Kuku na Chipsi (roast chicken + fries), Konyagi (“the Spirit of Africa”), Krest bitter lemon soda, Mirinda blackcurrant soda, Mbege (home-brewed beer with millet and banana), and all the fresh fruits you can have. Oh! I forgot Ugali, a big plate of cooked “stiff porridge” made of maize flour. We don’t like it but it’s probably useful if you have stomach issues and need something really simple.
Dal is to Nepalis as Ugali is to Tanzanians. We definitely prefer the former!
I’ve been told many times by Tanzanian men that they would like to have a white girlfriend or a Western wife, not without a hint of suggestion. I usually laugh with them and say something along the lines of “not this one!” and everything blows over in good humor. It’s not always the case that I can so easily avoid the uncomfortable issue presented to me because of my gender, and in this case, my color. Especially when I travel alone, I have to prepare myself to be extremely direct and assertive with men who go too far in flirtatious banter. I was expecting this scenario to occur more often than it has in Tanzania. Could I get a marriage proposal in two minutes from now if I were trying? Yes, but at least the men have been very respectful. I’m glad that I have Sal with me because I can be more friendly than I would be otherwise.
In trying to immerse myself in other cultures, there’s always a tricky balance to be struck in playing the role of my gender. Mrs. Chingula and her 15-year-old daughter cook, wash everyone’s hands before each meal, wash the dishes, and do the laundry. They never share meals with us, even though Mr. Chingula does. They don’t bow to their knees and wait for men to ask them to rise like women do in Uganda, but there remain aspects of the gender roles here that make me uncomfortable. It clearly pleases everyone when I join the women in their tasks, but I try to do so while both fully respecting the women despite my differing opinions and upholding my identity and values. I would never bow to a man or do anything else that felt degrading, but I also recognize that various African gender roles, like various Western gender roles, are larger than the individual alone. They have to be placed in a historical context in which actors have room to change but aren’t blamed for operating under inequalities taught to them from birth.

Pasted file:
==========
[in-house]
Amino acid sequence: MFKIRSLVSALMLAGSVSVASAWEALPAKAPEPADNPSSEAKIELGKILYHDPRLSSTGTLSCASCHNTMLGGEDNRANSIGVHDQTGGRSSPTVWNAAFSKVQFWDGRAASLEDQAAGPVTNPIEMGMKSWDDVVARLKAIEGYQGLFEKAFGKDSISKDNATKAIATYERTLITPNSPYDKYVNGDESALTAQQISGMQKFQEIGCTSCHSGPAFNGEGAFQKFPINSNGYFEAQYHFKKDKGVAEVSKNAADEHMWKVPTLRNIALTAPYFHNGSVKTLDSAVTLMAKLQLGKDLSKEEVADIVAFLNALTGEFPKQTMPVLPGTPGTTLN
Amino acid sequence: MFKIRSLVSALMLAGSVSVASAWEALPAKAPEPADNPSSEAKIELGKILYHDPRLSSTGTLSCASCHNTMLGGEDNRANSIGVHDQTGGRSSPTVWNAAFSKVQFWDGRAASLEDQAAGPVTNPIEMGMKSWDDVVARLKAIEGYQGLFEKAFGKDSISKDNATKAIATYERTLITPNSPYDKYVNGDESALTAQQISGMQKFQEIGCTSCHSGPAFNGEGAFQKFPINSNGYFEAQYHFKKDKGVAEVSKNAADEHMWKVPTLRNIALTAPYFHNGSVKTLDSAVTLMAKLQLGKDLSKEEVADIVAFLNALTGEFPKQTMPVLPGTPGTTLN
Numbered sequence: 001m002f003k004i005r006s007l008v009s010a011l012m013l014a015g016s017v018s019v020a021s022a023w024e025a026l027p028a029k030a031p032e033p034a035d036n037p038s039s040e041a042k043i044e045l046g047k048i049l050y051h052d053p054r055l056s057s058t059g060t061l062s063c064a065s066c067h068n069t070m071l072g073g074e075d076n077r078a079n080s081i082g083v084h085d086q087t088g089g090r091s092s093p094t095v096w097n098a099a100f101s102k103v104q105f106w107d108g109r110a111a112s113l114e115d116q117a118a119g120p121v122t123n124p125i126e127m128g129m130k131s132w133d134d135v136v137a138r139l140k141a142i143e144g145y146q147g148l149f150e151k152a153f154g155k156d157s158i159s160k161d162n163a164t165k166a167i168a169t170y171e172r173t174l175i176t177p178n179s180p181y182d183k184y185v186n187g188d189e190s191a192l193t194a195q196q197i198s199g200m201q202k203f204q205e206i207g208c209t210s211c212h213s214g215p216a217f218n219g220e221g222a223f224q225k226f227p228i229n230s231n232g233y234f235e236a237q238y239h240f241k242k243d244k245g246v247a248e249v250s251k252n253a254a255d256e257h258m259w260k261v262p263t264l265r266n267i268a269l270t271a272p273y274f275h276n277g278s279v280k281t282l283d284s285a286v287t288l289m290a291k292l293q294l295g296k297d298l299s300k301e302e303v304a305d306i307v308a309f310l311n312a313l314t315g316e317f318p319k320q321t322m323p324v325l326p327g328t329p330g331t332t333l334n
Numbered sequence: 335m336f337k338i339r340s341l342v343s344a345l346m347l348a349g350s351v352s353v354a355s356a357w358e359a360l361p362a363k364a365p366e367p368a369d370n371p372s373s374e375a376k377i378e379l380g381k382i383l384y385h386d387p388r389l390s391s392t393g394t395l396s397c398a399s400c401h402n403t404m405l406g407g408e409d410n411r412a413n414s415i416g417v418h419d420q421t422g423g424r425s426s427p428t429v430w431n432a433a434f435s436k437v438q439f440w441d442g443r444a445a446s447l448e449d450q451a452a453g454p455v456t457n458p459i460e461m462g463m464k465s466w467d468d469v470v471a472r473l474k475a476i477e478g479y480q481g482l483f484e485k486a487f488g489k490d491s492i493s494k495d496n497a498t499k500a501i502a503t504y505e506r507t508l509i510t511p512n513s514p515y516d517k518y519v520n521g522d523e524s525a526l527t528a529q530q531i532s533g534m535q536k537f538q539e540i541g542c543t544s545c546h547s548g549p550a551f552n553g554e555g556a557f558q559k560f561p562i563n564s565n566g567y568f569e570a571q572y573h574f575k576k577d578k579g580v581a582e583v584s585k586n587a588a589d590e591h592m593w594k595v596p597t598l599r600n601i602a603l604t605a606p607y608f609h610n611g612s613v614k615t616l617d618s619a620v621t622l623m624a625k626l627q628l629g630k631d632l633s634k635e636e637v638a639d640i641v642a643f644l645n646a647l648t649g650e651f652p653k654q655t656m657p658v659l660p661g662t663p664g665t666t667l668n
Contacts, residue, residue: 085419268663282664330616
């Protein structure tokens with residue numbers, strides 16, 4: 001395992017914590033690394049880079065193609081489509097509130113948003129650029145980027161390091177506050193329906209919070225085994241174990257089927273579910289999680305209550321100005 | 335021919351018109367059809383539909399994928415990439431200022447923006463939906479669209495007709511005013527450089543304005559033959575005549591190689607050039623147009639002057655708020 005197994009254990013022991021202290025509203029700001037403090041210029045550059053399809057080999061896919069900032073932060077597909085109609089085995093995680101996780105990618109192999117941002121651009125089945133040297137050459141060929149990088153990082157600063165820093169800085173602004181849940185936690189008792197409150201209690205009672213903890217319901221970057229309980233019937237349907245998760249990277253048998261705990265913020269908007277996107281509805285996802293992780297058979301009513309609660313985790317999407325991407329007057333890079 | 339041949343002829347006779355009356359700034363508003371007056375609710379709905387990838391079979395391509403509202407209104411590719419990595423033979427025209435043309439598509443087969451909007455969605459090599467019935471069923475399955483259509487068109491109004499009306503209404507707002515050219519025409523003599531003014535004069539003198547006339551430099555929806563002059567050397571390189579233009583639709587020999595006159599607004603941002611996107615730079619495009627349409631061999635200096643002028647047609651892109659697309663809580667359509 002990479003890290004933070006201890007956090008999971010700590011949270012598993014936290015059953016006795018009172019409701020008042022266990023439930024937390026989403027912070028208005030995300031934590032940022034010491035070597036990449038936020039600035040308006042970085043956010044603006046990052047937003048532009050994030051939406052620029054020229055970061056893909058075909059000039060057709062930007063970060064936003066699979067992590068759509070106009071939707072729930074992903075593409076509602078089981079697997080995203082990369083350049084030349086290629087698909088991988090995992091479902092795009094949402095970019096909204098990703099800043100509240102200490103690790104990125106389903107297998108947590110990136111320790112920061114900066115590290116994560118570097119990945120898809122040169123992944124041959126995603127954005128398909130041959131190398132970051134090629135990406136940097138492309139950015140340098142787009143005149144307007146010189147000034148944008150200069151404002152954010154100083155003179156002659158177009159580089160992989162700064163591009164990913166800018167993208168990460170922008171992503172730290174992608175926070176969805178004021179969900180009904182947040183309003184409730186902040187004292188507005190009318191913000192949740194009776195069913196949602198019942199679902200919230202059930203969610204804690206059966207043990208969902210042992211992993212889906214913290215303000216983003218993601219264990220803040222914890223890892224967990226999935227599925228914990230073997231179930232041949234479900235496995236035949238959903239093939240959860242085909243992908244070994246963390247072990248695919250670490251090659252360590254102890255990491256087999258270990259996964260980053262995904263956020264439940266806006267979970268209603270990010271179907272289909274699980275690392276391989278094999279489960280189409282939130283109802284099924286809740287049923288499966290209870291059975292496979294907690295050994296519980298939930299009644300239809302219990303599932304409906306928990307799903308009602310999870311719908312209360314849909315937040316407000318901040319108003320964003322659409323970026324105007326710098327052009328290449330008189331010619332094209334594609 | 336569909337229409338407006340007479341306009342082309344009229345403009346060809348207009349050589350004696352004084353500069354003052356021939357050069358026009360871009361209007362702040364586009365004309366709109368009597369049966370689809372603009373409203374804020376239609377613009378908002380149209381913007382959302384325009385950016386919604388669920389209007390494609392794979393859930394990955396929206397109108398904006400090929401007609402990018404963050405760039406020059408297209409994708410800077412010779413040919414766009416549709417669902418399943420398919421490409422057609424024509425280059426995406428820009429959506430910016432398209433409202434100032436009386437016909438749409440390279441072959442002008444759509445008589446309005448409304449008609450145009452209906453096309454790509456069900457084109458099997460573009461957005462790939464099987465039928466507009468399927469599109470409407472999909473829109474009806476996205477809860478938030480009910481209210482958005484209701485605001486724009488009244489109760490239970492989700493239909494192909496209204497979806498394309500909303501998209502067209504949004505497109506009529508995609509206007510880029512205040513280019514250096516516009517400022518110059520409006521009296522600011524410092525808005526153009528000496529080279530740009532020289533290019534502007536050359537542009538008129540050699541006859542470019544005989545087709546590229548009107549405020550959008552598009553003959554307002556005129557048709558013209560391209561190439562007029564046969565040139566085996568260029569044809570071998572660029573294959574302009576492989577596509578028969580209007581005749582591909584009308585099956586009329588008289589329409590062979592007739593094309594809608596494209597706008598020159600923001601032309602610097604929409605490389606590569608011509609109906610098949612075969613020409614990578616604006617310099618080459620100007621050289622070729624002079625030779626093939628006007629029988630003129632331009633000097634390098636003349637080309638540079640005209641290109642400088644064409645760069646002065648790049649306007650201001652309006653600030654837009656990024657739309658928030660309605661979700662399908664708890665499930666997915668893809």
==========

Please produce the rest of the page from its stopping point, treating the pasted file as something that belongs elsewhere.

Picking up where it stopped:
I want to make it clear that I’m not comparing Tanzanian women as “being degraded” to Western women as being “liberated.” Gender issues are still very much alive in every society that I’ve spent time in, and it would be ignorant of me to talk about the women as if they have no active role in their lives. If I dare to make a prescriptive remark: women in less developed countries need more education. More education for women means lower birthrates and makes every aspect of community life healthier. For now I’ll leave it at that.
I will learn how to cook Tanzanian food with Mrs. Chingula and enjoy it because I love to cook. I will also continue to smoke an occasional cigarette even though it’s scandalous to see a woman smoking here. And maybe I’ll accept a few marriage proposals if they play their cards right.